>wear detector (First taking the evil detector) Taken. Okay, you're now wearing the evil detector. It's time for dinner. You should go to the dining room soon. x >n South Residential Hallway The hall continues to the east and west. To the south is the door to your room. The stairway area is to the north. x >close door Closed. xThat is bad. Annoying, distracting, inexplicable -- bad. It should have been caught in playtesting. I note that 75% of the playtesters share a last name with the author. Nothing wrong with that -- my sister helped me test my game too. But perhaps they were inclined to be a little more lenient in the interest of familial affection or something? Something good to keep in mind when collecting beta-testers is to try to assemble a team that contains both IF novices and IF veterans. The former can bring a fresh approach to conventions you might take for granted, while the latter can bring a greater rigor to their testing regime, because they know what can go wrong.
An IF veteran would certainly have caught the game's most egregious guess-the-verb problem: at a climactic point, you must go up. I tried it in good faith. I typed "U". Repeatedly. The only response I ever got was "You can't go that way.x". The hints were no help, since all they said to do was go up. Ah, but wait. I tried "GO UP" and guess what? It worked. Of course, it should have worked. But "U" also should have worked. Alongside guess-the-verb, there were bizarre and arbitrary limits ingrained into the game's structure. I've already mentioned the starvation problem. There was also a pointless, irritating inventory limit. Give me a knapsack or something, for god's sake. Worst of all, the game precludes you from reaching your final goal until you have spent two days (game-time) on the ship. Thus, if you solve the main puzzles within the space of a game-time afternoon (as I did), you end up wandering around aimlessly for a long time, unable to obtain crucial items and completely unaware that the game is planning to give you the vital tidbit in another day and a half. This is completely arbitrary, and very, very bad. So one final lesson before I call it quits: don't built arbitrary waiting periods into your game unless they're very short and the player has plenty to do in the meantime. If players are wandering aimlessly, or performing dull, repetitive actions in order to progress the plot, the game has failed them. I'm realizing that my own games (especially my competition entry from this year) are not blameless in this arena; that's why it's so useful to write reviews. Authors, especially the author of the game in question, can learn a lot from critical analysis of a misguided game. For the game's players, on the other hand, the fun is rather more scarce.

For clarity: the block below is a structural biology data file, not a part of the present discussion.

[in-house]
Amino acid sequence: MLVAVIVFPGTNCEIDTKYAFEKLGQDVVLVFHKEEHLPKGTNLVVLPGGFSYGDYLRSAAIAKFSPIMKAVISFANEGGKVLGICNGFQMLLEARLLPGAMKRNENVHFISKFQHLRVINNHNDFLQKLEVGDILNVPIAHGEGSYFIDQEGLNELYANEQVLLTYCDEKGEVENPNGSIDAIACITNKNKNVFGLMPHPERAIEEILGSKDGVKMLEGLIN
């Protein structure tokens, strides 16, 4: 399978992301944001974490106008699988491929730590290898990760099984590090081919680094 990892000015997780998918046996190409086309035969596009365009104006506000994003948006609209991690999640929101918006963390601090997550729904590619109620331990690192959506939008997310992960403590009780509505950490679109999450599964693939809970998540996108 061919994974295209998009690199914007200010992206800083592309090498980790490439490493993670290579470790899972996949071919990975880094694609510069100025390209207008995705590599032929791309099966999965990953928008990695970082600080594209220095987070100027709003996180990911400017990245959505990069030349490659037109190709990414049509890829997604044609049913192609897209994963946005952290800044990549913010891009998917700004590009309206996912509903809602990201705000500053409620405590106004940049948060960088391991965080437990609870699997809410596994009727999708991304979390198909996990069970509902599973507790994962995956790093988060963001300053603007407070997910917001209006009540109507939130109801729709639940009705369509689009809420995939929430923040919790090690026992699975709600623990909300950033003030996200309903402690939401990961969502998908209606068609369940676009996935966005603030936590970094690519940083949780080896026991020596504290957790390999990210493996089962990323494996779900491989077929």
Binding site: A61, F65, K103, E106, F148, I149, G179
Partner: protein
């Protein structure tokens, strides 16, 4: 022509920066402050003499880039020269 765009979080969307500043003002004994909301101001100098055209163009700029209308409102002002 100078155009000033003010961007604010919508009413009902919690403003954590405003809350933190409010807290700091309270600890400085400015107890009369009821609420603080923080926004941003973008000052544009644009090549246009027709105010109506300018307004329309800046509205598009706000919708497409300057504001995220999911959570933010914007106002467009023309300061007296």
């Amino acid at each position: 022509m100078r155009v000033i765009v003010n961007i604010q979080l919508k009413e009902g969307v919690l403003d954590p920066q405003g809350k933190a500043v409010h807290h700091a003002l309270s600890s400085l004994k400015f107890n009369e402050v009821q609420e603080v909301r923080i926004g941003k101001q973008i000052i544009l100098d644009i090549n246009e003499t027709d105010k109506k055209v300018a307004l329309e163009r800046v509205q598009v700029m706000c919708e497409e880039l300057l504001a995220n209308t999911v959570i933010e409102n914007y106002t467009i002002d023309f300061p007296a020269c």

Of course, there were a number of completely legitimate reasons to be annoyed with this game. For one thing, it is that judges' bane, the Way-Too-Big Comp Game. Two hours is a completely inappropriate amount of time for evaluating this game. It took me 45 minutes just to read the various manuals and introductory materials, for heaven's sake. Before I'd even started the game proper, I'd already used up about a third of my judging time. Then there's the fact that the game offers a zillion different tools, but only allows a few per game session -- sure, it's great for replay value, but how much replaying am I going to do in two hours? Oh, and how about this: even after reading the massive manuals, there were still parts of the interface that were totally unexplained. Here's a hint for anyone struggling with the conversation portion: don't use ASK, TELL, or NPC, <answer>. Instead, just type the answer at the command line. If you don't know the answer, type DONE. I figured this out by pure guessing, thereby using more precious time. Also aggravating was that the game implements the square bracket ("[") for making notes at the prompt. Okay, that's not aggravating, that's cool. What's aggravating is that 1) You have to type a space after the bracket in order for the game to handle it properly, and 2) Making bracketed notes takes game time, one turn per note! This wouldn't be so bad, except that there are a number of time limits worked into the game, so making the comment command non-meta effectively penalizes the player for using the game's built-in notation system. Finally, despite the fact that Moments boasts an amazing amount of technical polish, it suffers in several places from what I can only call lazy implementation. You may find a book which can't be referred to as "book". You may be told something by the narrative voice that you couldn't possibly know, given that it's happening hundreds of miles away. You may find (details changed to prevent spoilage) a hidden cache in the floorboards, but when you "examine cache", you will be told "You can't, because the floorboards is closed." Oh they is, is they?